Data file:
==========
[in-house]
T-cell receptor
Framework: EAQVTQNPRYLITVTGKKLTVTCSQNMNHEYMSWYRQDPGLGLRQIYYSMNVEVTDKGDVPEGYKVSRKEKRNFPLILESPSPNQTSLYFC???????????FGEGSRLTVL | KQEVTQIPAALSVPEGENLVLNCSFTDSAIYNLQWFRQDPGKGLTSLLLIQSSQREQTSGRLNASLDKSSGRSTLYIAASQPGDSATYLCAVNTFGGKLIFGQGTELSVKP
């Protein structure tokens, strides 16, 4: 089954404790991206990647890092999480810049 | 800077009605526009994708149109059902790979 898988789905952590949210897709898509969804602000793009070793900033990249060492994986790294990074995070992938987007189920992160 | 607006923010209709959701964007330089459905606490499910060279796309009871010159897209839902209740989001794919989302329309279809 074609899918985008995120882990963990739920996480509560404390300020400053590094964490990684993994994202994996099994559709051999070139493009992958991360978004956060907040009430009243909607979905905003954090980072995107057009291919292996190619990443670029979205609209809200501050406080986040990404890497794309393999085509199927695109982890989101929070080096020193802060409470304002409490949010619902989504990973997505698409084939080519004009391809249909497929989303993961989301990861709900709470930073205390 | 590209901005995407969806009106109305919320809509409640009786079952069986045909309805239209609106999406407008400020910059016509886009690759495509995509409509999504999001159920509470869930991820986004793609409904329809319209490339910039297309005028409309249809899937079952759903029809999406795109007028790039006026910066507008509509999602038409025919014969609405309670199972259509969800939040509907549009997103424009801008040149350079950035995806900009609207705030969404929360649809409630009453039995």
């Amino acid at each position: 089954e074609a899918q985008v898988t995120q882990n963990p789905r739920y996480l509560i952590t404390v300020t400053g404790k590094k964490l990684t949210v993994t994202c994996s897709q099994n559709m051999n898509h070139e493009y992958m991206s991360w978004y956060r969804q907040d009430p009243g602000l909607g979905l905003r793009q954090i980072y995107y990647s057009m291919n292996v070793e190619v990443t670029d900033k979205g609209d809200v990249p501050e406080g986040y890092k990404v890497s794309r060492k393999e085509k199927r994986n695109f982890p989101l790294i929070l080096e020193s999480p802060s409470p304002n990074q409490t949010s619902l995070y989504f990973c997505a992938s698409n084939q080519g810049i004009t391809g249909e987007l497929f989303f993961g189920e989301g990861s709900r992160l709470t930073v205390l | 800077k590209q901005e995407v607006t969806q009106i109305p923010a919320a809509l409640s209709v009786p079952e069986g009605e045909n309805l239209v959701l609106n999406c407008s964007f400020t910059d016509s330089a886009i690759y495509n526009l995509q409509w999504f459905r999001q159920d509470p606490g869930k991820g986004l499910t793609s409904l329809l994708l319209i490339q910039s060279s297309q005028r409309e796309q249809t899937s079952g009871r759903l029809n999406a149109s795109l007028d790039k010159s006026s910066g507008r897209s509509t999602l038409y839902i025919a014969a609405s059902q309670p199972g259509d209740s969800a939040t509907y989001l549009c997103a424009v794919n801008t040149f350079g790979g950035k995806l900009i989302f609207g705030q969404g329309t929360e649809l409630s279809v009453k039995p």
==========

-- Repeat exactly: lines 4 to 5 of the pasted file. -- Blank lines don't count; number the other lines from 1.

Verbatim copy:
């Protein structure tokens, strides 16, 4: 089954404790991206990647890092999480810049 | 800077009605526009994708149109059902790979 898988789905952590949210897709898509969804602000793009070793900033990249060492994986790294990074995070992938987007189920992160 | 607006923010209709959701964007330089459905606490499910060279796309009871010159897209839902209740989001794919989302329309279809 074609899918985008995120882990963990739920996480509560404390300020400053590094964490990684993994994202994996099994559709051999070139493009992958991360978004956060907040009430009243909607979905905003954090980072995107057009291919292996190619990443670029979205609209809200501050406080986040990404890497794309393999085509199927695109982890989101929070080096020193802060409470304002409490949010619902989504990973997505698409084939080519004009391809249909497929989303993961989301990861709900709470930073205390 | 590209901005995407969806009106109305919320809509409640009786079952069986045909309805239209609106999406407008400020910059016509886009690759495509995509409509999504999001159920509470869930991820986004793609409904329809319209490339910039297309005028409309249809899937079952759903029809999406795109007028790039006026910066507008509509999602038409025919014969609405309670199972259509969800939040509907549009997103424009801008040149350079950035995806900009609207705030969404929360649809409630009453039995």
């Amino acid at each position: 089954e074609a899918q985008v898988t995120q882990n963990p789905r739920y996480l509560i952590t404390v300020t400053g404790k590094k964490l990684t949210v993994t994202c994996s897709q099994n559709m051999n898509h070139e493009y992958m991206s991360w978004y956060r969804q907040d009430p009243g602000l909607g979905l905003r793009q954090i980072y995107y990647s057009m291919n292996v070793e190619v990443t670029d900033k979205g609209d809200v990249p501050e406080g986040y890092k990404v890497s794309r060492k393999e085509k199927r994986n695109f982890p989101l790294i929070l080096e020193s999480p802060s409470p304002n990074q409490t949010s619902l995070y989504f990973c997505a992938s698409n084939q080519g810049i004009t391809g249909e987007l497929f989303f993961g189920e989301g990861s709900r992160l709470t930073v205390l | 800077k590209q901005e995407v607006t969806q009106i109305p923010a919320a809509l409640s209709v009786p079952e069986g009605e045909n309805l239209v959701l609106n999406c407008s964007f400020t910059d016509s330089a886009i690759y495509n526009l995509q409509w999504f459905r999001q159920d509470p606490g869930k991820g986004l499910t793609s409904l329809l994708l319209i490339q910039s060279s297309q005028r409309e796309q249809t899937s079952g009871r759903l029809n999406a149109s795109l007028d790039k010159s006026s910066g507008r897209s509509t999602l038409y839902i025919a014969a609405s059902q309670p199972g259509d209740s969800a939040t509907y989001l549009c997103a424009v794919n801008t040149f350079g790979g950035k995806l900009i989302f609207g705030q969404g329309t929360e649809l409630s279809v009453k039995p």